woman looking overwhelmed, wide-eyed and pressing palms to cheeks

Maybe you’re one of the few people who love all your workmates. If not, I assure you, you are not alone.

Most people have someone in their workplace who drives them around the bend. This certain person drags you down, sees the negative, and is sure to point out the faults and pitfalls of every idea that is shared. It’s tiring, right?

You can choose your friends, but you can seldom choose your colleagues. Some are a delight and others, well, not so much. So what is it that makes the difference?

The answer, in a word, is “attitude” — theirs AND yours.

Although you can’t control someone else’s stinky mood, the good news is that you have 100% control over your own. You’ve heard a million times to “have a good attitude”, or “be optimistic”. Sure, you likely agree with the concept. The piece that’s missing is that no one tells you HOW. Until now.

What I’m about to share with you has been honed over a lifetime of research, anecdotal experience and trial and error.

(PS: It’s also the spark that prompted me to write “The Finkelstein Factor: How to flip negative events into positive outcomes”) Here’s a few critical steps I discuss in the book. They will help you deal with the negative people in your life.

STEP ONE: Acknowledge the loss (i.e., the pain, what is concerning you).

STEP TWO: Flip the negative to a positive by asking yourself these questions …

  • How could it be worse?
  • What is my role?
  • What’s the “gift”?
  • What could I change for future?

It seems quite simple, doesn’t it? The best solutions often are. 

Don’t be deceived by the simplicity. It may be simple, but it’s not always easy. Answering these questions take thought and insight. The catch is actually doing the homework and applying these steps to your situation.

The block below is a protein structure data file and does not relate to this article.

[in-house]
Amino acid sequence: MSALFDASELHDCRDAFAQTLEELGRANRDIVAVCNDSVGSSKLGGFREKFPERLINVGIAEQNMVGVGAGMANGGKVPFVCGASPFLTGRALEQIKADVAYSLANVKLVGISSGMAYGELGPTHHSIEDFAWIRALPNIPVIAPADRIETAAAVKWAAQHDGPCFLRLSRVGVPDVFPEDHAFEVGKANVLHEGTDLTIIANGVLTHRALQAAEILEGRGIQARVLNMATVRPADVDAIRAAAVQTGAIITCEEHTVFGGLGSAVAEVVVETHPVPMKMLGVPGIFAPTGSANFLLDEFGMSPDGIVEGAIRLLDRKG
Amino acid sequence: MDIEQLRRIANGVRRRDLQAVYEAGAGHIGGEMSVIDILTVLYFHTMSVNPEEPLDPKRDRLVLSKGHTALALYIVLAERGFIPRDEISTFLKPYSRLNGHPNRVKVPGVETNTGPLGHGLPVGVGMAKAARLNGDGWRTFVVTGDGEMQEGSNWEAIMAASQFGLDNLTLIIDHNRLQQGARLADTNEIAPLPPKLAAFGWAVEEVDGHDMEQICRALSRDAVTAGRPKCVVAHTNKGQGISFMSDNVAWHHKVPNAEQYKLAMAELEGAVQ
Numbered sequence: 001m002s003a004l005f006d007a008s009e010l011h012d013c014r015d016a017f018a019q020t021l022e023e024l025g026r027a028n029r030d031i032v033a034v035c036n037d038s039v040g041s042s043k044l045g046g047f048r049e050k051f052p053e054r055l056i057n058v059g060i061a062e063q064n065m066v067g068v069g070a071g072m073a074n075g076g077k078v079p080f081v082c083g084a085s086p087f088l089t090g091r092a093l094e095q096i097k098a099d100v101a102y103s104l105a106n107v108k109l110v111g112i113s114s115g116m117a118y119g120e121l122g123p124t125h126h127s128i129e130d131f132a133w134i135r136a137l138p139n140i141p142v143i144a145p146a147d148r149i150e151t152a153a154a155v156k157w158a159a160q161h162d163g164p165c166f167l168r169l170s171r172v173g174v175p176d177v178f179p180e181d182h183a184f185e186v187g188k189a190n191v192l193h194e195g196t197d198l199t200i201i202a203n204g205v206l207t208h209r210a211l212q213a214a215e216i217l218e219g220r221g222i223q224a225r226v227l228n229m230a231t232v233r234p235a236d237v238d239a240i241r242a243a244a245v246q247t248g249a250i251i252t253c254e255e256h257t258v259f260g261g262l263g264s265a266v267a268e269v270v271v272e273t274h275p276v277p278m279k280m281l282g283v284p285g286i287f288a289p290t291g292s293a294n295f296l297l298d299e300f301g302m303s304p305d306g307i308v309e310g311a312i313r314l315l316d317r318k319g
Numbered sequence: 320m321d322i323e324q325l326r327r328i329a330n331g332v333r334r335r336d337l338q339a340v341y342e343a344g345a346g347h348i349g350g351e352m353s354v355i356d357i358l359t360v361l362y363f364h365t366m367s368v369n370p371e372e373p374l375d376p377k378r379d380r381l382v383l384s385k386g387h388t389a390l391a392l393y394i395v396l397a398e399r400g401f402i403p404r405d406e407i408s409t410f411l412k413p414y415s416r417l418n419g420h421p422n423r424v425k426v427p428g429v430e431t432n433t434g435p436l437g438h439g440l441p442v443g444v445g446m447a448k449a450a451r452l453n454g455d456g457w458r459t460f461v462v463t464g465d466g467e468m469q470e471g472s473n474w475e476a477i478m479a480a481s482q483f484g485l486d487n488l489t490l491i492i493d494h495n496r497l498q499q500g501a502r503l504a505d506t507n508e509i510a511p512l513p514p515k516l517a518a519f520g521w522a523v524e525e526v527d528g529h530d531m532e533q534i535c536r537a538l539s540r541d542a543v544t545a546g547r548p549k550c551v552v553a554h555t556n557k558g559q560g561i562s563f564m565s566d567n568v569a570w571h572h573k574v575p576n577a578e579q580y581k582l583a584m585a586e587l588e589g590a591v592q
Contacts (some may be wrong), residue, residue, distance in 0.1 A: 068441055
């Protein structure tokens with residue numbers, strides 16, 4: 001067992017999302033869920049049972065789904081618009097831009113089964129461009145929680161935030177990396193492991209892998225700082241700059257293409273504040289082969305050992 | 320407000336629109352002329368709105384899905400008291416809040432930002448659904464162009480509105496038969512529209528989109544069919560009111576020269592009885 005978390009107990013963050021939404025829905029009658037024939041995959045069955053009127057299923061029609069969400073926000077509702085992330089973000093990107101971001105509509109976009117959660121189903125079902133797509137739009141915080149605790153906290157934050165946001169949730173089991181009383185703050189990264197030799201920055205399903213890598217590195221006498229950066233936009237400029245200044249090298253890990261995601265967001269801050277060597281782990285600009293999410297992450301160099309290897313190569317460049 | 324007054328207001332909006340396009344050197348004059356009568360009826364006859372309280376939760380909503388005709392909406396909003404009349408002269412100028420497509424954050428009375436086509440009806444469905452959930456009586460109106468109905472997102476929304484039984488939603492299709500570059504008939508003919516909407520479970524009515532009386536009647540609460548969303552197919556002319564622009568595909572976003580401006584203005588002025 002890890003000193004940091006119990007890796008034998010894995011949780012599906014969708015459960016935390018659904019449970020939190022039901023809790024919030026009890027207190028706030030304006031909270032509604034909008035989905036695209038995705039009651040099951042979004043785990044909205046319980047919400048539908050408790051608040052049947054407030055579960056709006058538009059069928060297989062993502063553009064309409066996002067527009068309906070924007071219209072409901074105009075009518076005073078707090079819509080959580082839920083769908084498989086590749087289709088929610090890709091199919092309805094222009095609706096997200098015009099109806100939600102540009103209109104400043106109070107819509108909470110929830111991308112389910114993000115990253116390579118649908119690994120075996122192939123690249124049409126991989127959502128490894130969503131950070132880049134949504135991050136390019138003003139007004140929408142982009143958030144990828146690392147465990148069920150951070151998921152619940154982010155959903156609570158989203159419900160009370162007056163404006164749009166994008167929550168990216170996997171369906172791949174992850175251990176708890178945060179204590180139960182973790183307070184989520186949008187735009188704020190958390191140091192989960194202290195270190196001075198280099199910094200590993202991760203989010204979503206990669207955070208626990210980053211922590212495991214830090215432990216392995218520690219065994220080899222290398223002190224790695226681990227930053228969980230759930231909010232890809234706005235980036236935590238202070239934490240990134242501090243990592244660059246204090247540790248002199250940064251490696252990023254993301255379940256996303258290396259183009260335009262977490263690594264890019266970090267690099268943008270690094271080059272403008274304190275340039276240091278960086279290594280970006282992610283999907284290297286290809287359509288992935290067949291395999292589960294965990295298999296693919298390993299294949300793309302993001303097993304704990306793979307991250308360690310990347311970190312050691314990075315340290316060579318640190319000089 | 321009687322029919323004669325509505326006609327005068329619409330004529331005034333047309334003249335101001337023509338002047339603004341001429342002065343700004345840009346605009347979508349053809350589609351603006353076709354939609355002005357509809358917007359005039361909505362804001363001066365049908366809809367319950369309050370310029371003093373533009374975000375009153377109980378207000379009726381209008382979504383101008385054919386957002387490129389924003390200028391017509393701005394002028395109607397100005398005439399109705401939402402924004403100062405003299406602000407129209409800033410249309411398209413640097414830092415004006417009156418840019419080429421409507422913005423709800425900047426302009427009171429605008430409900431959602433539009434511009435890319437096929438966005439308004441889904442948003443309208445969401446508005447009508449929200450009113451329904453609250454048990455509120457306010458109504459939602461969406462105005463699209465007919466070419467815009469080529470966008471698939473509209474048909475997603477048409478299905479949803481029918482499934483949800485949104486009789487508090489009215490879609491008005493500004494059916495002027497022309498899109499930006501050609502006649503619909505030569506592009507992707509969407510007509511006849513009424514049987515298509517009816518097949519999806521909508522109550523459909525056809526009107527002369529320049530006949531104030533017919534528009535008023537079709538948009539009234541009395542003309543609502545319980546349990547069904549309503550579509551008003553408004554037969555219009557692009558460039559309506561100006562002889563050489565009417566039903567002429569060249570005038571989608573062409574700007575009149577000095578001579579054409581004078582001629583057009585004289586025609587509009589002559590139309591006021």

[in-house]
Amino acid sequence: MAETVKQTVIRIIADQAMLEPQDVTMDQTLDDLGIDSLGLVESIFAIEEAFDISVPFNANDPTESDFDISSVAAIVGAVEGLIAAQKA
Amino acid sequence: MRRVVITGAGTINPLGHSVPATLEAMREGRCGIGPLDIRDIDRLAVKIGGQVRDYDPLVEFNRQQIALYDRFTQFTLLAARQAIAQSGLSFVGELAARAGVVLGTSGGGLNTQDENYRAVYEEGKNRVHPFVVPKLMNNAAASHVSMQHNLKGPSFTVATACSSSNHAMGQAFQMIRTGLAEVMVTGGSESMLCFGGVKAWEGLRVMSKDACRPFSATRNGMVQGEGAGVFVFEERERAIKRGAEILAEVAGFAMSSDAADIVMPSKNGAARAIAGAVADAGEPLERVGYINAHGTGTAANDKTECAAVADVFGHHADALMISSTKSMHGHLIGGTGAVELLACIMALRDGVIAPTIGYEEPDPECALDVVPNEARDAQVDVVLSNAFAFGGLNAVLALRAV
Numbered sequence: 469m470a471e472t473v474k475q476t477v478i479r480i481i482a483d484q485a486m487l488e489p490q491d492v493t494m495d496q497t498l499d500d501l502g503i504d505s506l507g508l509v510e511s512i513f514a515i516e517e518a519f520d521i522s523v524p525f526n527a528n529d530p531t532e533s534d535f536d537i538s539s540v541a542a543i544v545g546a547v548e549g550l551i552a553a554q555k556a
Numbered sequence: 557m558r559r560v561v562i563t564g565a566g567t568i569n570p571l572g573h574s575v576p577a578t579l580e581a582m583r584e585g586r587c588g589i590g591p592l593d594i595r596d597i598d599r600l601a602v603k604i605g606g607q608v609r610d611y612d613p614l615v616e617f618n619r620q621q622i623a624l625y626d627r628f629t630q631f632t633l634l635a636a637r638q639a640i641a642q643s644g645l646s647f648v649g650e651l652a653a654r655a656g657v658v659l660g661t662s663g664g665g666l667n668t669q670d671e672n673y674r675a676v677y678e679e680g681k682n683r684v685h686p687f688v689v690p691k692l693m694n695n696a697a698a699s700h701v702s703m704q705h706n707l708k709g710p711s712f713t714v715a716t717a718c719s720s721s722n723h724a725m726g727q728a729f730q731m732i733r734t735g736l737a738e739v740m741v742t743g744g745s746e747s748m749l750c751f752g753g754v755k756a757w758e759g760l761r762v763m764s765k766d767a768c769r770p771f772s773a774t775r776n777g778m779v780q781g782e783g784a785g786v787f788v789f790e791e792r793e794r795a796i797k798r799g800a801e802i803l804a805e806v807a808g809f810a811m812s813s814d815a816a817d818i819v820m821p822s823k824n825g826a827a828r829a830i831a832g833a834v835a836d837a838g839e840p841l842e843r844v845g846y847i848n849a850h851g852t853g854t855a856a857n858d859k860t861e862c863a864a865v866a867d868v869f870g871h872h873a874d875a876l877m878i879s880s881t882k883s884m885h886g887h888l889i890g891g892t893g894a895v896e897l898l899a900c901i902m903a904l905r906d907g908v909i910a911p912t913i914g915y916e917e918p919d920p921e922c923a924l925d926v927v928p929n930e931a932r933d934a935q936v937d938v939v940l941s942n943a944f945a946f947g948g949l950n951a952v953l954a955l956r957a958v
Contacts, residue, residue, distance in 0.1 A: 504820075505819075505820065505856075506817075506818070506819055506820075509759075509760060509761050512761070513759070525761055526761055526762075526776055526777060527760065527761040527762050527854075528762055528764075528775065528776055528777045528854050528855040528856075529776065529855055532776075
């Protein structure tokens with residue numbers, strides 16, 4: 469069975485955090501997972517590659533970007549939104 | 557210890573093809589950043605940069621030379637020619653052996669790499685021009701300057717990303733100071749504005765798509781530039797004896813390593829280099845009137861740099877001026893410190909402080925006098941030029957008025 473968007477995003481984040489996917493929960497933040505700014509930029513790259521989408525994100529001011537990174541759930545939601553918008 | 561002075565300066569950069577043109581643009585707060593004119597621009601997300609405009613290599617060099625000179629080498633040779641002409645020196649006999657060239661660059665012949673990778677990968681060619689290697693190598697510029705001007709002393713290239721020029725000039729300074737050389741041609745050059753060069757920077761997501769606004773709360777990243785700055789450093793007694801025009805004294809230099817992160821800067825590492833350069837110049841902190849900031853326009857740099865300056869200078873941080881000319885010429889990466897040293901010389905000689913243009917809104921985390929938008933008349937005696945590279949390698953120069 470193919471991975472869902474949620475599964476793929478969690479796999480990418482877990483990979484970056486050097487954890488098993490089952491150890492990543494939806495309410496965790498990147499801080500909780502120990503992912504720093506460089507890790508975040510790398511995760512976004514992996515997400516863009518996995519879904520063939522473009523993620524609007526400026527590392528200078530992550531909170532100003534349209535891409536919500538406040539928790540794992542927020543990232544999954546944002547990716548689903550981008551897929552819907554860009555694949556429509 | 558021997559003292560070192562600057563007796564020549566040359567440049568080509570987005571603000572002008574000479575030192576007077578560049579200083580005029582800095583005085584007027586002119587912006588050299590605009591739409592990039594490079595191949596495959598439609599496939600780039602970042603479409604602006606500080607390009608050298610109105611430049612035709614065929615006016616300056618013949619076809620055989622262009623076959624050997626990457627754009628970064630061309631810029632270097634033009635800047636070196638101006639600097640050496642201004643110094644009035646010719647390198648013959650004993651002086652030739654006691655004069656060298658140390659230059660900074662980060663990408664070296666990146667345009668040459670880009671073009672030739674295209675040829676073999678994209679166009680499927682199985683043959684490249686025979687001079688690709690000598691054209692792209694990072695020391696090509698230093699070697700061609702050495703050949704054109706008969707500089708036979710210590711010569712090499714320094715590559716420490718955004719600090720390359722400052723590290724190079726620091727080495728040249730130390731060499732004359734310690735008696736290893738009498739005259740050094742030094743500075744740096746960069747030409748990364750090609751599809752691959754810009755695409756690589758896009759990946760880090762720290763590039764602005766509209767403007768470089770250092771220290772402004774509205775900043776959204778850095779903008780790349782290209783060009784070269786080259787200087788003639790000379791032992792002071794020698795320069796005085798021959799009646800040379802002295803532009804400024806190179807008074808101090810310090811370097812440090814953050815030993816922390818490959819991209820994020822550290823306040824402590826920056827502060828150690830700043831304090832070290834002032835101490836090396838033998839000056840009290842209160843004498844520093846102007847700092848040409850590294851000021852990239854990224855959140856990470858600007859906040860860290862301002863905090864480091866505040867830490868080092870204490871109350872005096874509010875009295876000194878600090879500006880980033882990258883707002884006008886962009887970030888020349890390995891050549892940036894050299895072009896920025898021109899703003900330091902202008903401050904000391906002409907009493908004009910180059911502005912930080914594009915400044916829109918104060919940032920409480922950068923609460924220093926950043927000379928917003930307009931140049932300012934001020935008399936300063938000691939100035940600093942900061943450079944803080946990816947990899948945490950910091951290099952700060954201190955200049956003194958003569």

It’s that movement from knowledge to action that will distinguish you as a winner versus a whiner wannabee. Having this process entrenched into your mindset changes your self-talk from negative, poor me, victim language to positive, powerful, and proven approaches. It moves you from victim to victor. 

Here’s how the process works.

Let’s use an example and apply the two-step system so you can see how it works in action. 

The answers you give to the critical questions will be personal to you and your experience. There are no right or wrong answers, just different ones. Here’s what some of my clients have told me with an example I use in my workshops.

EXAMPLE: Suppose you have a bully boss.

STEP ONE: acknowledge the loss.

What exactly is it that you lose when you have a bully boss? You may feel that you’re losing:

  • freedom
  • opportunities for plum projects
  • recognition from peers
  • self-esteem
  • a chance to apply your existing skills and hone new ones
  • sleep
  • health

Your list could be pages long. Take the time to dig down when you are writing your personal list of losses regarding your specific situation, such as dealing with a negative person or bully. There is no limit of the losses and hurts you could enunciate. The more you write, the more you become aware of why it hurts and why the situation is bothering you so.